Women may have come a long way in the high-tech field in the last 10 years, but there's still a lot of room for growth, according to a group of female tech executives.
And Marissa Mayer, a vice president at Google, said we're just not doing enough to get more women into the high-tech field.
"I think what we're really playing is a numbers game, " said Mayer, speaking as part of a panel at CNet's Women in Technology panel at the Consumer Electronics Show (CES) in Las Vegas this week. "Right now, it's a really great time to be a woman in technology -- but there aren't enough women in technology. I worry that a lot of times the conversation gets focused on what percentage of the pie is women. And the truth is the pie isn't big enough."
Part of the larger problem, she noted, is that the United States is not producing enough computer scientists.
"We're not producing enough product designers. We need more people to keep up with all these gadgets, all this tech and these possibilities and the jobs of the future," said Mayer. "We need a lot more people and if we grow that number, then the number of women, by nature, goes up." Read more...
Slowly but surely, many U.S. companies are loosening their viselike grips on IT hiring and looking to add new staffers to bolster business growth in the year ahead.
That trend is reflected in Computerworld's annual Forecast survey. Nearly 29% of the 353 IT executives polled said they plan to increase IT staffing through next summer. That's up from 23% in the 2010 survey and 20% in the 2009 survey. Altogether, it's a 45% increase in hiring expectations over the past two years.
"We're seeing [strong hiring] across the board," among organizations of all sizes, says Mike McBrierty, chief operations officer for the technology staffing division of Eliassen Group, an IT recruiting firm. He says there has been pent-up demand for infrastructure upgrades and investments that had been shelved over the previous three years.
The Forecast survey also revealed that IT managers may be thinking about innovation, not merely keeping the lights on, as they plan their staffs for 2012. Respondents said these nine skills will be in demand. Read more...
Economic turmoil and uncertainty in the United States, Europe, and Japan has left plenty of IT vendors and stockholders fearful of whether more lean days lie ahead. Fortunately, IDC had some reassuring words to offer at a Web conference Wednesday: IT spending is holding fairly steady worldwide with mostly slow, steady growth on the horizon.
The overall report wasn't entirely upbeat, as IDC's growth projections for the PC market worldwide -- a longtime indicator of consumer confidence -- have declined since April. Still, IDC's overall projections for such product segments as storage, software, and particularly mobile devices worldwide, have become rosier. Read more...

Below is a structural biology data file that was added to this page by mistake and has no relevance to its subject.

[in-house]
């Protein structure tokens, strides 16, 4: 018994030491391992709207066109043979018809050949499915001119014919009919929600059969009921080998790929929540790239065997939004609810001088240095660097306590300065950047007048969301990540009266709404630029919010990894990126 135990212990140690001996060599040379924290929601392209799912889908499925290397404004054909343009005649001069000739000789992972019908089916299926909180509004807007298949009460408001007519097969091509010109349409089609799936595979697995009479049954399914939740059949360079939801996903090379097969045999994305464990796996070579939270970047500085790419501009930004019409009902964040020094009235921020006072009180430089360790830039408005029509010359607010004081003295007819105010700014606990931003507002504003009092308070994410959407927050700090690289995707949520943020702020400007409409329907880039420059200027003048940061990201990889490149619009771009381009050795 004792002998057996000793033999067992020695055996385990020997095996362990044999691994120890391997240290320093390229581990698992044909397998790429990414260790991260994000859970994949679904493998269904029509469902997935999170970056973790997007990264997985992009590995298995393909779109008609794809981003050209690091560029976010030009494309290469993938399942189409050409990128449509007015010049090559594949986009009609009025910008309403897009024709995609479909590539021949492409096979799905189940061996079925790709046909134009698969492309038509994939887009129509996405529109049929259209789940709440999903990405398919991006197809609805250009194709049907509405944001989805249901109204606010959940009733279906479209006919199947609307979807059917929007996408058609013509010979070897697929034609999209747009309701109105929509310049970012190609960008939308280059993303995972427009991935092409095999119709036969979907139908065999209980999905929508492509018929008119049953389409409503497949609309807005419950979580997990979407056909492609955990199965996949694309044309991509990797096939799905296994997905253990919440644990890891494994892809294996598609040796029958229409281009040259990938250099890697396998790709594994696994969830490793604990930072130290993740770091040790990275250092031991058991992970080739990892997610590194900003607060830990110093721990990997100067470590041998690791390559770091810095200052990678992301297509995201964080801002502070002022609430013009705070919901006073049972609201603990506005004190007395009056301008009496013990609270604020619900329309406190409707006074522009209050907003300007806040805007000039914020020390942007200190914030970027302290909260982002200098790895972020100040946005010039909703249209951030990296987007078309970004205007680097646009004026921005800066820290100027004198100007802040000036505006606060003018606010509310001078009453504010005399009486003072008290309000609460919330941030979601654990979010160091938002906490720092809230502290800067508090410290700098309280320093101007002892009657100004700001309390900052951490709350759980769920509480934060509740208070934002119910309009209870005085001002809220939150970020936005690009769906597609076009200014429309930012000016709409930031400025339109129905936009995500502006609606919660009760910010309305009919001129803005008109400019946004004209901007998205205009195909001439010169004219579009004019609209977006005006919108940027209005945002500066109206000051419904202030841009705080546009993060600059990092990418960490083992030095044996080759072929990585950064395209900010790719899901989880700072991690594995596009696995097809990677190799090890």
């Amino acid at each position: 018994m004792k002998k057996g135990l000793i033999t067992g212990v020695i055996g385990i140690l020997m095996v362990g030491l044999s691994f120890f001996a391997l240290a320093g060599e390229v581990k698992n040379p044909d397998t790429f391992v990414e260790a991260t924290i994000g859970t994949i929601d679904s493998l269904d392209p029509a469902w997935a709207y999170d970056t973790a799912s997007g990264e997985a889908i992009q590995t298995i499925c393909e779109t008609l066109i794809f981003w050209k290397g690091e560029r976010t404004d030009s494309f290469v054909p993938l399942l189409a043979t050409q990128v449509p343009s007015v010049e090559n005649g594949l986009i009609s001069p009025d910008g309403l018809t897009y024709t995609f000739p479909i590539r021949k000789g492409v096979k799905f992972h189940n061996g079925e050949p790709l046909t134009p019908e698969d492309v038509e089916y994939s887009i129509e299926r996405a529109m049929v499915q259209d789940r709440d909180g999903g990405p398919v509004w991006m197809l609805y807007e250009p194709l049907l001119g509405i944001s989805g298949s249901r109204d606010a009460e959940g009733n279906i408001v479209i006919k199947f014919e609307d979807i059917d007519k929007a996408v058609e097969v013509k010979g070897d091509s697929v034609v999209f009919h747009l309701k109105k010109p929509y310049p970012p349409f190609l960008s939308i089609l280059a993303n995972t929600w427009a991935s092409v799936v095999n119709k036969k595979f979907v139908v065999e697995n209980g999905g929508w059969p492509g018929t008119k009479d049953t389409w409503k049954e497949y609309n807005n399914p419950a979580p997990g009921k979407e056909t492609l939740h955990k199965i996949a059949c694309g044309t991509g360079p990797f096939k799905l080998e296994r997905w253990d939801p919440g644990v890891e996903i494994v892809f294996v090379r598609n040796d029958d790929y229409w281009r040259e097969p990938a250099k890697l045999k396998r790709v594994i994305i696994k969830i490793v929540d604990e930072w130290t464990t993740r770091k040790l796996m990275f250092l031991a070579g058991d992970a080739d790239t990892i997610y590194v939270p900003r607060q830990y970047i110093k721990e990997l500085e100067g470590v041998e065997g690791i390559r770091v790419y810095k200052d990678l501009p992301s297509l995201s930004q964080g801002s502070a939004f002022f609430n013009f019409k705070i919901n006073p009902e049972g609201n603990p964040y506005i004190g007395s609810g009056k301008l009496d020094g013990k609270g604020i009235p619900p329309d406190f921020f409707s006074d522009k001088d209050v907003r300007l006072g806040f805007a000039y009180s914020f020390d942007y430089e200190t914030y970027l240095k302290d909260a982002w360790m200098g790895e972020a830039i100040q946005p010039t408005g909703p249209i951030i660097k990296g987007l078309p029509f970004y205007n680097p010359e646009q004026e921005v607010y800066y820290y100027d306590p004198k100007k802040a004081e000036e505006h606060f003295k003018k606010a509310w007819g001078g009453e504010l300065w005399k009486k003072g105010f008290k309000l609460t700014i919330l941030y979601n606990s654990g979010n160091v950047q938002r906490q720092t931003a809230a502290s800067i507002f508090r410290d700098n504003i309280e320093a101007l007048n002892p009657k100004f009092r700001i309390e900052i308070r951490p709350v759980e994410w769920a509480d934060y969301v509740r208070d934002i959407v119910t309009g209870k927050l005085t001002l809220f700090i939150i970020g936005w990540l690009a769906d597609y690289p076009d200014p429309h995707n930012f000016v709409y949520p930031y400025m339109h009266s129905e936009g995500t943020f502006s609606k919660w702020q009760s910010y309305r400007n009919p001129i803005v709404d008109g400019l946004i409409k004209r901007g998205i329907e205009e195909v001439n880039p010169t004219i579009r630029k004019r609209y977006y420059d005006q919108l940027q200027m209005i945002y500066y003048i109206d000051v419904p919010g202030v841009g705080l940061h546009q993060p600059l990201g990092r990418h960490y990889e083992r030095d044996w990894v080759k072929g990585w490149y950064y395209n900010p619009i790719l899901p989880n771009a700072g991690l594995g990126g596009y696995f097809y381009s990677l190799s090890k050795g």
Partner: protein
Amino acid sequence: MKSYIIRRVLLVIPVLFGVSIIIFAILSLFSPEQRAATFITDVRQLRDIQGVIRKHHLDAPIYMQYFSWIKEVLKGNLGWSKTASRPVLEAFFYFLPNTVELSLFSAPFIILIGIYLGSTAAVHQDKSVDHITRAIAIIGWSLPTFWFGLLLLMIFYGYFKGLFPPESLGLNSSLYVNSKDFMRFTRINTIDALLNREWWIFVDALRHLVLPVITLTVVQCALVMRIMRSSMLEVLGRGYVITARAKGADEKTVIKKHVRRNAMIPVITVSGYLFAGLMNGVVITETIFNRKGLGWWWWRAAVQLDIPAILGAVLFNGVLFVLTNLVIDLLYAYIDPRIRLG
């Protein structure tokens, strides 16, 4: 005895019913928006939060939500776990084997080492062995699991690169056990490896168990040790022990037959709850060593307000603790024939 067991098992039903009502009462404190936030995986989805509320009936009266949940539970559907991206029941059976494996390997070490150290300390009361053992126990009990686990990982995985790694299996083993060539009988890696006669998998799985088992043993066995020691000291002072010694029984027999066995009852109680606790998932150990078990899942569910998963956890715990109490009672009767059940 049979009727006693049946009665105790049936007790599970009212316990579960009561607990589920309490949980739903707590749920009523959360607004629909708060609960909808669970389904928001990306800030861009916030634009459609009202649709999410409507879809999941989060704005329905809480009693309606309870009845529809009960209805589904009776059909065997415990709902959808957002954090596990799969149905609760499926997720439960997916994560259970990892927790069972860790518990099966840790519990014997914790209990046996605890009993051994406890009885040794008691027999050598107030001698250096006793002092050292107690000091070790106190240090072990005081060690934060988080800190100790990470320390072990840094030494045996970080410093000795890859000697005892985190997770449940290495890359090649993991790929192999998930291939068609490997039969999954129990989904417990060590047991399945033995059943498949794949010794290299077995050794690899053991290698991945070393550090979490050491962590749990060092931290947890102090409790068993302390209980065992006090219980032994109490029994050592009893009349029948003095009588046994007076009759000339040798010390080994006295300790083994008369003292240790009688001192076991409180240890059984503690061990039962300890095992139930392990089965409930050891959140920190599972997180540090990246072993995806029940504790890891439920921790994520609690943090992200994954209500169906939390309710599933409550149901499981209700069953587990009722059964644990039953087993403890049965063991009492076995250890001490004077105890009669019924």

More Americans are using e-readers than tablets, according to a Pew Research Institute survey.
The Pew survey of 2,277 adults that finished on May 22 found that 12% of Americans owned an e-reader device in May compared to 8% who owned a tablet like the popular iPad
Also, ownership grew faster for e-readers like the Nook or Kindle than ownership of tablets over the six months between November 2010 and May, the Pew survey found.
The telephone survey found that Hispanic Americans are the fastest-growing ownership group of both e-reader and tablet devices.
E-reader ownership grew from 6% of American adults in November 2010 to 12% in May, Pew said. Read more...
Oracle's net income for the fourth quarter ended May 31 rose 36 percent to $3.2 billion over the same period last year, results that reflect growth in software sales but a slight dip in hardware revenue, the company reported Thursday. Total revenue for the quarter grew 13 percent to $10.8 billion.
New software license sales, which are considered a key indicator of growth and customers' attitude toward IT spending, rose 19 percent to $3.7 billion.
Hardware systems products revenue fell 6 percent to $1.2 billion.
For the full year, net income jumped 39 percent to $8.5 billion on $35.6 billion in revenue, a rise of 33 percent. Read more...
Sun's server business was already in decline when Oracle announced plans to buy the company a little over two years ago. Sales plummeted further amid the uncertainty over what CEO Larry Ellison planned to do with the business.
Oracle has worked hard over the past year to convince customers it will continue to invest in Sun's hardware, and those efforts appear finally to be paying off. Read more...
Infosys Technologies Ltd, India's No. 2 software services exporter, is on the hunt for acquisitions in Europe and Japan and in industries including healthcare and public services, its chief executive said on Sunday.
Speaking to Reuters a day after the company announced changes in its top-level management, S. Gopalakrishnan said Infosys was also seeking acquisitions in new areas like cloud computing.
"Our philosophy has always been that you plan organic growth,"
said Gopalakrishnan, who is set to step down as chief executive and become co-chairman in August.
"You keep your eyes and ears open, you have a dedicated team looking at acquisitions," he said. Read more...
At a special hearing by the Committee on Oversight and Government Reform in San Jose, Calif. Monday on high-tech growth policies, its chairman, Rep. Darrell Issa (R-Calif.), called for a liberalization of the H-1B cap.
Issa said that "there seems little doubt that federal policies and regulations have played a large role in hampering growth." Among other things, he cited the H-1B visa cap in his prepared remarks. Read more...